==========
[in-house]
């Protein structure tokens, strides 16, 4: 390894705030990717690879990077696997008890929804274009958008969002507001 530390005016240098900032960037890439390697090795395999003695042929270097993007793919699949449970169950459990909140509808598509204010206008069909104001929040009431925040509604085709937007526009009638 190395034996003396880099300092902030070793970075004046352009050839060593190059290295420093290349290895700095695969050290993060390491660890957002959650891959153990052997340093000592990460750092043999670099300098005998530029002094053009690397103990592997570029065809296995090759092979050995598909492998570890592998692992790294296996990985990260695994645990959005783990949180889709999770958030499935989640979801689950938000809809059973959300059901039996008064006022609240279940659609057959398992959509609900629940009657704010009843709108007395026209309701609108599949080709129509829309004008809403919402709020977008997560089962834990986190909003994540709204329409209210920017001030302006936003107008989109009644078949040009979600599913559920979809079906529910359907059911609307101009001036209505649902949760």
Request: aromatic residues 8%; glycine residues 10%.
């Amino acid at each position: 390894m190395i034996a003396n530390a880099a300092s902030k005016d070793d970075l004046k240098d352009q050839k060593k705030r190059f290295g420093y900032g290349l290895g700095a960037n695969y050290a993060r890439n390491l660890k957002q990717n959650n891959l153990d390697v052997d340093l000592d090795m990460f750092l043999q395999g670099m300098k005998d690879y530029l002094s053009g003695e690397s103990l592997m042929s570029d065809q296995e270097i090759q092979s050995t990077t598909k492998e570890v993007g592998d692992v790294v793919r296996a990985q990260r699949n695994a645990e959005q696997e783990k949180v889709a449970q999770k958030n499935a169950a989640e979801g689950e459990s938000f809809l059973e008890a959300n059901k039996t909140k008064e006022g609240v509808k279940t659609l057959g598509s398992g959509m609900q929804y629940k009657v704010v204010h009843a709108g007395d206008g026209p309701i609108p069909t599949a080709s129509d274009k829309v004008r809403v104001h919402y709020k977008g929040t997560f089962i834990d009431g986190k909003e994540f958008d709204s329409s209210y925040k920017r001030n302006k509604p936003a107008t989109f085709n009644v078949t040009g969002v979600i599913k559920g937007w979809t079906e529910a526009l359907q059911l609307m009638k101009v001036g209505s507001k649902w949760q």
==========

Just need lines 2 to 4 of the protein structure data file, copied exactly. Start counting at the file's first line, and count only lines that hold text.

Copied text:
């Protein structure tokens, strides 16, 4: 390894705030990717690879990077696997008890929804274009958008969002507001 530390005016240098900032960037890439390697090795395999003695042929270097993007793919699949449970169950459990909140509808598509204010206008069909104001929040009431925040509604085709937007526009009638 190395034996003396880099300092902030070793970075004046352009050839060593190059290295420093290349290895700095695969050290993060390491660890957002959650891959153990052997340093000592990460750092043999670099300098005998530029002094053009690397103990592997570029065809296995090759092979050995598909492998570890592998692992790294296996990985990260695994645990959005783990949180889709999770958030499935989640979801689950938000809809059973959300059901039996008064006022609240279940659609057959398992959509609900629940009657704010009843709108007395026209309701609108599949080709129509829309004008809403919402709020977008997560089962834990986190909003994540709204329409209210920017001030302006936003107008989109009644078949040009979600599913559920979809079906529910359907059911609307101009001036209505649902949760």
Request: aromatic residues 8%; glycine residues 10%.
């Amino acid at each position: 390894m190395i034996a003396n530390a880099a300092s902030k005016d070793d970075l004046k240098d352009q050839k060593k705030r190059f290295g420093y900032g290349l290895g700095a960037n695969y050290a993060r890439n390491l660890k957002q990717n959650n891959l153990d390697v052997d340093l000592d090795m990460f750092l043999q395999g670099m300098k005998d690879y530029l002094s053009g003695e690397s103990l592997m042929s570029d065809q296995e270097i090759q092979s050995t990077t598909k492998e570890v993007g592998d692992v790294v793919r296996a990985q990260r699949n695994a645990e959005q696997e783990k949180v889709a449970q999770k958030n499935a169950a989640e979801g689950e459990s938000f809809l059973e008890a959300n059901k039996t909140k008064e006022g609240v509808k279940t659609l057959g598509s398992g959509m609900q929804y629940k009657v704010v204010h009843a709108g007395d206008g026209p309701i609108p069909t599949a080709s129509d274009k829309v004008r809403v104001h919402y709020k977008g929040t997560f089962i834990d009431g986190k909003e994540f958008d709204s329409s209210y925040k920017r001030n302006k509604p936003a107008t989109f085709n009644v078949t040009g969002v979600i599913k559920g937007w979809t079906e529910a526009l359907q059911l609307m009638k101009v001036g209505s507001k649902w949760q």